When former Mayor Kurt L. Schmoke was promoting Baltimore, the city was known for the TV show "Homicide." Mayor Martin O'Malley has a team in the Super Bowl.
Who would you rather be?
The Ravens' Super Bowl run has come at an amazingly fortunate time for the city and its popular young mayor. O'Malley and Baltimore together are riding a crest of positive publicity, with the city's murder rate down and his poll numbers up in the ozone layer.
Now, even the football team is winning, and the mayor's in full cheerleader mode, eagerly capitalizing on the city's first trip to the NFL championship game after 30 years in the cold.
"It's very important to show the whole country that Baltimore's back, and that Baltimore's on the rebound and that Baltimore's joining the ranks of the comeback cities," O'Malley said yesterday, after announcing a send-off rally for the team at 11 a.m. Monday at the Inner Harbor Amphitheater.
The mayor has made City Hall the political base of Ravens boosterism, issuing jocular executive orders, ordering a Ravens dress casual day for workers and, most visibly, lighting up the City Hall dome, city monuments and now the Bromo Seltzer Tower in purple.
He has urged business leaders to follow suit, and they are obliging; more and more buildings in the city skyline are turning a Raven shade of purple at night, and the new Marriott is spelling out "Go Ravens" in its window lights.
Sounds a lot like how another cheerleading mayor of Baltimore might handle it all.
"Oh, it's great. I mean, the Police Department, they have purple lights on!" said Comptroller William Donald Schaefer, twirling his finger in the air in the motion of a police light. "It means so much to a city to have a good ball team. It pours money in. The city gets national publicity."
In his 15 years as mayor, Schaefer established himself as the ultimate booster. To promote the opening of the National Aquarium in Baltimore, he dressed up in a bathing suit and straw skimmer, posed for photographs with a rubber ducky and took a dip in the seal pool.
No word yet on whether O'Malley will dress up as a bird, though he's often seen proudly sporting Ravens regalia. But in the storied tradition of Schaefer, he's saying things that might make one question his sanity in any other context, like scrawling "Festivus Ravenus to the Maximus!!!" on a memo to city workers last week.
"I've thought about face paint. I'd like to do face paint. A sort of Braveheart, tasteful Braveheart," said O'Malley, 37, with his clearly skeptical press aide at his side. O'Malley then added with a smile: "But it wouldn't look dignified, so I probably shouldn't do it."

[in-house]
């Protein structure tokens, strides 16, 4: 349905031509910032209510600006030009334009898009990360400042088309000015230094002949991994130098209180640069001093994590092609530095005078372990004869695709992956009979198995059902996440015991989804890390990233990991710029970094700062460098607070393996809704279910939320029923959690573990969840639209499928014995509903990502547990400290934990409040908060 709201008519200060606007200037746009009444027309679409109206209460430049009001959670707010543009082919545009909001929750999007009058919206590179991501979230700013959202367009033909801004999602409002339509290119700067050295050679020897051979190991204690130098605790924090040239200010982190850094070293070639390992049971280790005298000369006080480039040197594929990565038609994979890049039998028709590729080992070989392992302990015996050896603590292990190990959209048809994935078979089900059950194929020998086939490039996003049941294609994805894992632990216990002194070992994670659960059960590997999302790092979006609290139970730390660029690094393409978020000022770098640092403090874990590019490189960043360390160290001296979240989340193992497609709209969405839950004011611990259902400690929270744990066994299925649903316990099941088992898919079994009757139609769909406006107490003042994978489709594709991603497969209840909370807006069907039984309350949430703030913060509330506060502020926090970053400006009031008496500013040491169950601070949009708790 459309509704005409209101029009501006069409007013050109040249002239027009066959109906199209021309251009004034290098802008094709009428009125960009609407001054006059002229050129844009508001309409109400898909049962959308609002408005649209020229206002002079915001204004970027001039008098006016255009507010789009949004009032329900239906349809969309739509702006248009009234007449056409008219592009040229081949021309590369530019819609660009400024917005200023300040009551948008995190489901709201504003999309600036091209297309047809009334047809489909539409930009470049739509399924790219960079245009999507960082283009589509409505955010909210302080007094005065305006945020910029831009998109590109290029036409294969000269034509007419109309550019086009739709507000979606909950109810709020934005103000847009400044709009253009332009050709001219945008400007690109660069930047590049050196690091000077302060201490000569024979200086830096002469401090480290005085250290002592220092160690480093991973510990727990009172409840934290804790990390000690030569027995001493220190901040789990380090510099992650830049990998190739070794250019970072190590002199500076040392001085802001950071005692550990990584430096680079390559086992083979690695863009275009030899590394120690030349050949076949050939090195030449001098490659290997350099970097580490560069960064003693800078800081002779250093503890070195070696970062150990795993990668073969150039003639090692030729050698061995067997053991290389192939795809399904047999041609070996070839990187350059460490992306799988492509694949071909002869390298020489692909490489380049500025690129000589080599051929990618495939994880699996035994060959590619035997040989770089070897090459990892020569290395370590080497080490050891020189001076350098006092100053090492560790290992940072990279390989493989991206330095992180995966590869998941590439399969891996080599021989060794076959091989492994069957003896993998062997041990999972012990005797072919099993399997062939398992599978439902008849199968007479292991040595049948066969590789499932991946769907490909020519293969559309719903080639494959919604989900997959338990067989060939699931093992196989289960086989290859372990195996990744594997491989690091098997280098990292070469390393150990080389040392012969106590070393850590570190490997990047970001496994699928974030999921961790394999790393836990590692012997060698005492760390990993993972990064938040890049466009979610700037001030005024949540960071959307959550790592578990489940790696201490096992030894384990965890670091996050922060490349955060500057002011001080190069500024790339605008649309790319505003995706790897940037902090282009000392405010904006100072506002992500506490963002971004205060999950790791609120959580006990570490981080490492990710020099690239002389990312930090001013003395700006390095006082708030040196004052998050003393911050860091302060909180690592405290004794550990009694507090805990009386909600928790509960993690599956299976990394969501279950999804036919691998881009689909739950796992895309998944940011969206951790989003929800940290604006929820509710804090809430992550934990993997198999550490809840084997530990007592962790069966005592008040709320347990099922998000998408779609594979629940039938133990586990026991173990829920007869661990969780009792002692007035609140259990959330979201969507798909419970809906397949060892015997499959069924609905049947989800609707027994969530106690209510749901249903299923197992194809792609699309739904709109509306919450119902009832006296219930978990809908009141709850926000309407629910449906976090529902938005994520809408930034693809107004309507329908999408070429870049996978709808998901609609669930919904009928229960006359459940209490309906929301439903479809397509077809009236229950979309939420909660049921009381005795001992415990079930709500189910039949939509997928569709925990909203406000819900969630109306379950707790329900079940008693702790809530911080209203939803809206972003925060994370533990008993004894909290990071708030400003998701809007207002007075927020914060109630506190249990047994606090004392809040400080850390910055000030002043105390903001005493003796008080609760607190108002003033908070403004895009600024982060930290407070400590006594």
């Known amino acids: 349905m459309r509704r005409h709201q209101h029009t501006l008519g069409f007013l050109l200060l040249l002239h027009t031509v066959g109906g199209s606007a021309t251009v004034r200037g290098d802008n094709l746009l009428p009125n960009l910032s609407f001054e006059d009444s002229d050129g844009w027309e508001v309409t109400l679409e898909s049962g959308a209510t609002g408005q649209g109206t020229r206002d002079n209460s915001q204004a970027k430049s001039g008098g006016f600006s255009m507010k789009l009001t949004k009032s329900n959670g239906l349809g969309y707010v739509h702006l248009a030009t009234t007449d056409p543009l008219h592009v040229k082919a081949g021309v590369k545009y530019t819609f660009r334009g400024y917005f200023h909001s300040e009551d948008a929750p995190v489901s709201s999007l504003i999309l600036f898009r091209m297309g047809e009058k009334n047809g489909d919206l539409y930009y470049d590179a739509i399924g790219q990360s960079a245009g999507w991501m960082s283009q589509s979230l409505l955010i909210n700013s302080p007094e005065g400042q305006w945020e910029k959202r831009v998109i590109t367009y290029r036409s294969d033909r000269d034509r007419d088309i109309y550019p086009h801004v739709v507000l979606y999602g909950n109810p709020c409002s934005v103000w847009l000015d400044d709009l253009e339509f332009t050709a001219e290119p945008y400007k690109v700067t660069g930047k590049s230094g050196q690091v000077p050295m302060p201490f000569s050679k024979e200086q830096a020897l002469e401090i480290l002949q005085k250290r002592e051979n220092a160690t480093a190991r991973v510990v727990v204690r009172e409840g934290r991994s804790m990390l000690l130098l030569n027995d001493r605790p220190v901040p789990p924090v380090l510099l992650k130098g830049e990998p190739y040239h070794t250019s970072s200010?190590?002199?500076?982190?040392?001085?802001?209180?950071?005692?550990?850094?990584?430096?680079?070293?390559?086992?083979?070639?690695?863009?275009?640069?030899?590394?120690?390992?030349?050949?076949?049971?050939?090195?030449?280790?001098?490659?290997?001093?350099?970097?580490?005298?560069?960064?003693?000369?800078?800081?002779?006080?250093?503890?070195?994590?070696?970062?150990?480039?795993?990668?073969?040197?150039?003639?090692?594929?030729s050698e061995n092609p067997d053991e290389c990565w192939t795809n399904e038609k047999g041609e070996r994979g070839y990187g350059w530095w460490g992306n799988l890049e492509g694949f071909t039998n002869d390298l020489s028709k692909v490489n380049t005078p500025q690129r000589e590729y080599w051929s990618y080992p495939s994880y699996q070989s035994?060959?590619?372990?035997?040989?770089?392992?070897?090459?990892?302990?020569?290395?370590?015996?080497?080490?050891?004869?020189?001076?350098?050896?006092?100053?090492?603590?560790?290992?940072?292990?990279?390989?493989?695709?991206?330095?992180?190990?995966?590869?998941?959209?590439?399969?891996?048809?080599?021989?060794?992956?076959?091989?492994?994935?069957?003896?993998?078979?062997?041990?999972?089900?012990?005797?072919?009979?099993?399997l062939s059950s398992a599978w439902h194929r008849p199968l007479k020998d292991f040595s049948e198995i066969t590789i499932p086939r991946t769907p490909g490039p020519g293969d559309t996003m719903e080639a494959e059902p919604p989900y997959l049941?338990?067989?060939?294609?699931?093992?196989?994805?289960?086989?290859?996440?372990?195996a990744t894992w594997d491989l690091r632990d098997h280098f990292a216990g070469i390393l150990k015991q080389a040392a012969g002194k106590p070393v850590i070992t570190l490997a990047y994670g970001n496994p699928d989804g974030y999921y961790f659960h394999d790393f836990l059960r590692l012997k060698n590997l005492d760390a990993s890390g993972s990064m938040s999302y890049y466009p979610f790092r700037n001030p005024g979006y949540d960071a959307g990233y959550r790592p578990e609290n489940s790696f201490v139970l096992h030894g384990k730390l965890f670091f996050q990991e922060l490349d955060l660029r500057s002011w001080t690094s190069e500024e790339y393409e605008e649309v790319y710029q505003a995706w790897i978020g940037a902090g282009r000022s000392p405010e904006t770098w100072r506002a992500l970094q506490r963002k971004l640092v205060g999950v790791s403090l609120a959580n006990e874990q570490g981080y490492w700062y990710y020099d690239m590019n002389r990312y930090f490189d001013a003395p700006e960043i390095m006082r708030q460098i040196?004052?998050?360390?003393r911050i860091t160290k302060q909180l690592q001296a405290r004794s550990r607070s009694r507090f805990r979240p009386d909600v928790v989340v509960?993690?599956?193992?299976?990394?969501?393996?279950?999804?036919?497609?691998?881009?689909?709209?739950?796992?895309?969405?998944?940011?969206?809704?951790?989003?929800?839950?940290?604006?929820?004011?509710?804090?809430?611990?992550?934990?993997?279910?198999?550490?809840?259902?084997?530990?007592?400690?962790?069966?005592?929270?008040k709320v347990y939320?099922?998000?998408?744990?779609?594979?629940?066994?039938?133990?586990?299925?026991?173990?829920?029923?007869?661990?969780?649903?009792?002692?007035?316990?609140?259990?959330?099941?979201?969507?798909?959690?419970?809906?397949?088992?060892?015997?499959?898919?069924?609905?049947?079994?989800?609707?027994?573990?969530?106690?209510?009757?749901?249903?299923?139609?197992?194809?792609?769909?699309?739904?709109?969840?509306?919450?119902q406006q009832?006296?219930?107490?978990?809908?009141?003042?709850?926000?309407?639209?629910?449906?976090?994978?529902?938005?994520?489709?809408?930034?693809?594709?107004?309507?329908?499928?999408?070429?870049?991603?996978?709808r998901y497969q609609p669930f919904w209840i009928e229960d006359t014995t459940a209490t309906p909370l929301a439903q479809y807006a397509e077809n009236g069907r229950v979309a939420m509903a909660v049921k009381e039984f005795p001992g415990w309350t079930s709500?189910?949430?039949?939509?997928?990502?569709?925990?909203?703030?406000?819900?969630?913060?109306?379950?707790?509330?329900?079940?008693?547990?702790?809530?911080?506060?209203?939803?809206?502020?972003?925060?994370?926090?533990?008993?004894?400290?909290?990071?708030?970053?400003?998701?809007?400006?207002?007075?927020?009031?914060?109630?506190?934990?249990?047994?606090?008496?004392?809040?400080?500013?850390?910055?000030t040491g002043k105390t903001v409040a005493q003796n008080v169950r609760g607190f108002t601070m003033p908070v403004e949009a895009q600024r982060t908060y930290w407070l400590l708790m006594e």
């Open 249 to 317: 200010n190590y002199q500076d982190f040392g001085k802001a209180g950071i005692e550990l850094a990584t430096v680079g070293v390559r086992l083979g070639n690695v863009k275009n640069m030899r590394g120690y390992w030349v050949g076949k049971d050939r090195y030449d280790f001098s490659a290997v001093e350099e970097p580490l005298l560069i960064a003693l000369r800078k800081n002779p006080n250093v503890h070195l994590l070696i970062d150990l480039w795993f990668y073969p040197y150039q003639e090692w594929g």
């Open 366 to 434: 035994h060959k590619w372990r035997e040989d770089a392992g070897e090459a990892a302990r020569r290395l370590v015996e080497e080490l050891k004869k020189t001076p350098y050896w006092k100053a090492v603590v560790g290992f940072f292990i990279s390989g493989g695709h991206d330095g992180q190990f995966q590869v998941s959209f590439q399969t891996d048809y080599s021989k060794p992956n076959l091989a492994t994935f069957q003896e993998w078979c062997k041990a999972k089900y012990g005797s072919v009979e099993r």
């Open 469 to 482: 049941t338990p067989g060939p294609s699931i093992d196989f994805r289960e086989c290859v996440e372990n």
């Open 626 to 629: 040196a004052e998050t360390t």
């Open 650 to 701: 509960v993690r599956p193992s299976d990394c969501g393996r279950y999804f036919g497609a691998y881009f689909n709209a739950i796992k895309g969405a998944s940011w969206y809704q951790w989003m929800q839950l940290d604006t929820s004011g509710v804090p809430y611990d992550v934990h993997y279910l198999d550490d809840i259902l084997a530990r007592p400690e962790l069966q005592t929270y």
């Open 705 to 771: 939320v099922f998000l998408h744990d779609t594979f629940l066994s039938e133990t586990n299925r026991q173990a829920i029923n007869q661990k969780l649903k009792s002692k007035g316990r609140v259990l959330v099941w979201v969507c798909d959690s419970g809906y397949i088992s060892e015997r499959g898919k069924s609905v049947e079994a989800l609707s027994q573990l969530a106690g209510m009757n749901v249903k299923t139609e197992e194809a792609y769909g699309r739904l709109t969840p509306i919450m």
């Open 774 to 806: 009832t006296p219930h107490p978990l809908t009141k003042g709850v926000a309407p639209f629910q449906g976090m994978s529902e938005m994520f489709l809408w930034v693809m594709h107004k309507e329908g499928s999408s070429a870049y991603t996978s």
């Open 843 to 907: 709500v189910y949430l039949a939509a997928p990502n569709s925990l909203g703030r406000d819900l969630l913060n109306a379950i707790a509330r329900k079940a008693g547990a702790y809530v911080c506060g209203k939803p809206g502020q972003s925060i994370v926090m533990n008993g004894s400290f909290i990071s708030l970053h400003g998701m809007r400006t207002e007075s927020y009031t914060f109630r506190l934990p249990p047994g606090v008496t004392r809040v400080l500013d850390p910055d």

After years of negative publicity - from 300 murders a year to rampant drug addiction to a high syphilis rate - it's easy to understand why O'Malley is giddy.
"The kind of international attention that we're getting, you can't pay for that," said state Sen. Nathaniel J. McFadden, an East Baltimore Democrat. "You really get to see the city in a different light. There's been so much focus on our problems - you know, high murder rate, vacant houses. ... Just the same way that Ray Lewis accentuated the negatives of the team and turned himself around, that's what the city's doing. We're heading in a very positive direction."
"It's a great reflection on O'Malley. He's got to be one of the luckiest people around," said Ed Hale, chairman of First Mariner Bank. "To come in and have all the things he's working on come through, like the murder rate, but then to have the team get in the Super Bowl, it's astounding."
O'Malley certainly appears more charmed than his predecessor, Mayor Kurt L. Schmoke, who was unfortunate enough to preside over that "national joke" period in the city's history, when the proudest sports accomplishment was bringing home the Canadian Football League trophy.
"It's just good for not only the leadership of the city but the citizens generally to have something to cheer about," Schmoke said yesterday from his law office at Wilmer Cutler Pickering. "And that's why I'm so pleased not only for the city but for [O'Malley] particularly, because I know how tough it is to have to wrestle with these problems on a daily basis."
Schmoke not as lucky
Schmoke was sometimes criticized for not being the vocal cheerleader Schaefer was. He notes that he fought hard to bring professional football back to Baltimore and that the city benefited from having the baseball All-Star game at Oriole Park. He never got a stage like this, though.
"It's easier to cheerlead a 15-4 season than a 4-12 season," Schmoke said with a laugh. The Super Bowl, he said, "brings attention to the positive things of the community in a way that's hard to measure. I don't think you can quantify it in media dollars and cents, but over time it helps to change outsiders' perception of the city."
Schmoke, who has a self-professed football "addiction," has Ravens season tickets, but he doesn't have Super Bowl tickets and doesn't plan to be cheerleading in person at this game.
"I'll just sit at home with my Ravens jacket on."
Business leaders plan to take more advantage of the occasion itself, for "business development," as Greater Baltimore Committee chief Donald P. Hutchinson puts it.
"You take your best customers, you take your best investor, a significant board member," Hutchinson said. "This is a full-time job for two dozen secretaries right now who are trying to plan how to get bosses and bosses' clients and business associates down into Florida.
"So from that perspective, it has a different kind of impact," he said. "From a media perspective, you can't beat it. Only Texas is doing better this week."
Sun staff writer Sarah Koenig contributed to this article.